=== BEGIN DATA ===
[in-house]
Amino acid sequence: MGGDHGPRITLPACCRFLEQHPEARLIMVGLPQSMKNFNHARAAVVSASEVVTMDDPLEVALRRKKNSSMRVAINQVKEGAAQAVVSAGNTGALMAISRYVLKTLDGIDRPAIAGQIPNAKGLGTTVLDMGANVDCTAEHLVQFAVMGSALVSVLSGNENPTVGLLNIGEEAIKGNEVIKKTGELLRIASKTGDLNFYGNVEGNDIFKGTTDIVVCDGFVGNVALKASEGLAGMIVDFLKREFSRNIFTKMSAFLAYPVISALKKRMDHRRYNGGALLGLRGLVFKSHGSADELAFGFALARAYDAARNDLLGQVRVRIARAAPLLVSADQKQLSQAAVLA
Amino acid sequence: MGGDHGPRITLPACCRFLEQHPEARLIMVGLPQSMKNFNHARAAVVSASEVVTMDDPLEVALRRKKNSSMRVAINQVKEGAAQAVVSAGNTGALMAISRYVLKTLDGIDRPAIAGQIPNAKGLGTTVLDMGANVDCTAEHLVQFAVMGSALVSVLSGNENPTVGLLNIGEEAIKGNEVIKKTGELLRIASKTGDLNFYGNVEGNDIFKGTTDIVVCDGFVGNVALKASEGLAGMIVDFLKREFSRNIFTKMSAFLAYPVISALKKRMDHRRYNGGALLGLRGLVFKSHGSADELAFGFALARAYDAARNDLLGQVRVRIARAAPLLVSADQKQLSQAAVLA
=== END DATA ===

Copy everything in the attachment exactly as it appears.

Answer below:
[in-house]
Amino acid sequence: MGGDHGPRITLPACCRFLEQHPEARLIMVGLPQSMKNFNHARAAVVSASEVVTMDDPLEVALRRKKNSSMRVAINQVKEGAAQAVVSAGNTGALMAISRYVLKTLDGIDRPAIAGQIPNAKGLGTTVLDMGANVDCTAEHLVQFAVMGSALVSVLSGNENPTVGLLNIGEEAIKGNEVIKKTGELLRIASKTGDLNFYGNVEGNDIFKGTTDIVVCDGFVGNVALKASEGLAGMIVDFLKREFSRNIFTKMSAFLAYPVISALKKRMDHRRYNGGALLGLRGLVFKSHGSADELAFGFALARAYDAARNDLLGQVRVRIARAAPLLVSADQKQLSQAAVLA
Amino acid sequence: MGGDHGPRITLPACCRFLEQHPEARLIMVGLPQSMKNFNHARAAVVSASEVVTMDDPLEVALRRKKNSSMRVAINQVKEGAAQAVVSAGNTGALMAISRYVLKTLDGIDRPAIAGQIPNAKGLGTTVLDMGANVDCTAEHLVQFAVMGSALVSVLSGNENPTVGLLNIGEEAIKGNEVIKKTGELLRIASKTGDLNFYGNVEGNDIFKGTTDIVVCDGFVGNVALKASEGLAGMIVDFLKREFSRNIFTKMSAFLAYPVISALKKRMDHRRYNGGALLGLRGLVFKSHGSADELAFGFALARAYDAARNDLLGQVRVRIARAAPLLVSADQKQLSQAAVLA